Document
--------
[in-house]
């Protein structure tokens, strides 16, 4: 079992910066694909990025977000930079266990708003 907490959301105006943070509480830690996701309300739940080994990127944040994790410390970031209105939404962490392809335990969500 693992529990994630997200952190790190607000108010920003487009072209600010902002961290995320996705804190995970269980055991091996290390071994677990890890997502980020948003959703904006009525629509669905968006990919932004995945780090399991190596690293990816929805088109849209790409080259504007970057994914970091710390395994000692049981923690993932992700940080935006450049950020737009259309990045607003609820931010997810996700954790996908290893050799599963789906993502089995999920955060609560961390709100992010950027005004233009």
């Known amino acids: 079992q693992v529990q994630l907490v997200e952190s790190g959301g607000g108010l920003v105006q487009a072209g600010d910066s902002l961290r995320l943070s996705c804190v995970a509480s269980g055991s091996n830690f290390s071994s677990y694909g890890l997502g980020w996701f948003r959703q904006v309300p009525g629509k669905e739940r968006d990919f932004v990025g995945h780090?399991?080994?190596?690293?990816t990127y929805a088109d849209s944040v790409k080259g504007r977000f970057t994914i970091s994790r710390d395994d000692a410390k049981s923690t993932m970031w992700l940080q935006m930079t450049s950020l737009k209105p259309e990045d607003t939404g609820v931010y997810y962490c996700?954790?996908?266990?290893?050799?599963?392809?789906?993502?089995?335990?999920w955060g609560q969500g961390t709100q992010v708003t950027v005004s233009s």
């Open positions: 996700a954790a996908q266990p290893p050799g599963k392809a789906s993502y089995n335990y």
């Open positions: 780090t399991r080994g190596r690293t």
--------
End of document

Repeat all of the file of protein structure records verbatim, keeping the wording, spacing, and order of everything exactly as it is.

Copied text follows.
[in-house]
């Protein structure tokens, strides 16, 4: 079992910066694909990025977000930079266990708003 907490959301105006943070509480830690996701309300739940080994990127944040994790410390970031209105939404962490392809335990969500 693992529990994630997200952190790190607000108010920003487009072209600010902002961290995320996705804190995970269980055991091996290390071994677990890890997502980020948003959703904006009525629509669905968006990919932004995945780090399991190596690293990816929805088109849209790409080259504007970057994914970091710390395994000692049981923690993932992700940080935006450049950020737009259309990045607003609820931010997810996700954790996908290893050799599963789906993502089995999920955060609560961390709100992010950027005004233009």
């Known amino acids: 079992q693992v529990q994630l907490v997200e952190s790190g959301g607000g108010l920003v105006q487009a072209g600010d910066s902002l961290r995320l943070s996705c804190v995970a509480s269980g055991s091996n830690f290390s071994s677990y694909g890890l997502g980020w996701f948003r959703q904006v309300p009525g629509k669905e739940r968006d990919f932004v990025g995945h780090?399991?080994?190596?690293?990816t990127y929805a088109d849209s944040v790409k080259g504007r977000f970057t994914i970091s994790r710390d395994d000692a410390k049981s923690t993932m970031w992700l940080q935006m930079t450049s950020l737009k209105p259309e990045d607003t939404g609820v931010y997810y962490c996700?954790?996908?266990?290893?050799?599963?392809?789906?993502?089995?335990?999920w955060g609560q969500g961390t709100q992010v708003t950027v005004s233009s």
């Open positions: 996700a954790a996908q266990p290893p050799g599963k392809a789906s993502y089995n335990y």
């Open positions: 780090t399991r080994g190596r690293t």